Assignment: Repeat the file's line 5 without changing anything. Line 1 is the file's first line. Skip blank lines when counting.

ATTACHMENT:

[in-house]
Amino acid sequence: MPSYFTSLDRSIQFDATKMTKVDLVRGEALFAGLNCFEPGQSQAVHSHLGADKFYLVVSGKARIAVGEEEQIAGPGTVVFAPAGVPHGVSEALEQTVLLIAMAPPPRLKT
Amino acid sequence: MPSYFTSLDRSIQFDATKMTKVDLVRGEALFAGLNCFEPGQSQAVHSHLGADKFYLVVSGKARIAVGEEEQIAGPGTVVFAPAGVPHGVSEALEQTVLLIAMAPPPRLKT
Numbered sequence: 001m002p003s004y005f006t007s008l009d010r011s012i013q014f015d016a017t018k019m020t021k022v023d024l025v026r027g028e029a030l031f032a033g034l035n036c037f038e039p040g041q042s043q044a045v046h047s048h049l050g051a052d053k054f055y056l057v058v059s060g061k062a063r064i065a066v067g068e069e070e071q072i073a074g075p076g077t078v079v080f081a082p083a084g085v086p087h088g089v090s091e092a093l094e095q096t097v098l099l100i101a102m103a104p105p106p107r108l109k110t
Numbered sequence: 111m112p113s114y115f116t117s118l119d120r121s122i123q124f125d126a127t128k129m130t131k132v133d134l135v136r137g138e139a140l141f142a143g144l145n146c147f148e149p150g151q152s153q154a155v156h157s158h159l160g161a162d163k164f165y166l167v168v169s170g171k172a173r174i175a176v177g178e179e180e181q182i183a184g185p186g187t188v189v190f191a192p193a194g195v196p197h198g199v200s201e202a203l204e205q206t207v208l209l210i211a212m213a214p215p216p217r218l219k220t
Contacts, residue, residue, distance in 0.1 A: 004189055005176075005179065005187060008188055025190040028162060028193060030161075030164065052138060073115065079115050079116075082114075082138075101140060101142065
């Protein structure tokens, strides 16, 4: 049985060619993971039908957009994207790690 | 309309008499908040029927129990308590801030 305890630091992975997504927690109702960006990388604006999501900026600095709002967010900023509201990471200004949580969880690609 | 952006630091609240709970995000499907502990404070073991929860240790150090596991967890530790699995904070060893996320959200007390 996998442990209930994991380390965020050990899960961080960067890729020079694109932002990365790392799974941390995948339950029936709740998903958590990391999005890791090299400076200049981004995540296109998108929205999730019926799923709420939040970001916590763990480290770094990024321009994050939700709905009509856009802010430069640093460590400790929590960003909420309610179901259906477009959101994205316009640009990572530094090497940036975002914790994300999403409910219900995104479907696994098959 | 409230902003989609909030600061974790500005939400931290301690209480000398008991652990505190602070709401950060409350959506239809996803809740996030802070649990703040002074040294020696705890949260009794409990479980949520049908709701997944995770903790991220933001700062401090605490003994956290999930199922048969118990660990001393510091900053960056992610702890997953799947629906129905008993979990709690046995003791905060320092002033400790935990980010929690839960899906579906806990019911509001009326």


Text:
Numbered sequence: 111m112p113s114y115f116t117s118l119d120r121s122i123q124f125d126a127t128k129m130t131k132v133d134l135v136r137g138e139a140l141f142a143g144l145n146c147f148e149p150g151q152s153q154a155v156h157s158h159l160g161a162d163k164f165y166l167v168v169s170g171k172a173r174i175a176v177g178e179e180e181q182i183a184g185p186g187t188v189v190f191a192p193a194g195v196p197h198g199v200s201e202a203l204e205q206t207v208l209l210i211a212m213a214p215p216p217r218l219k220t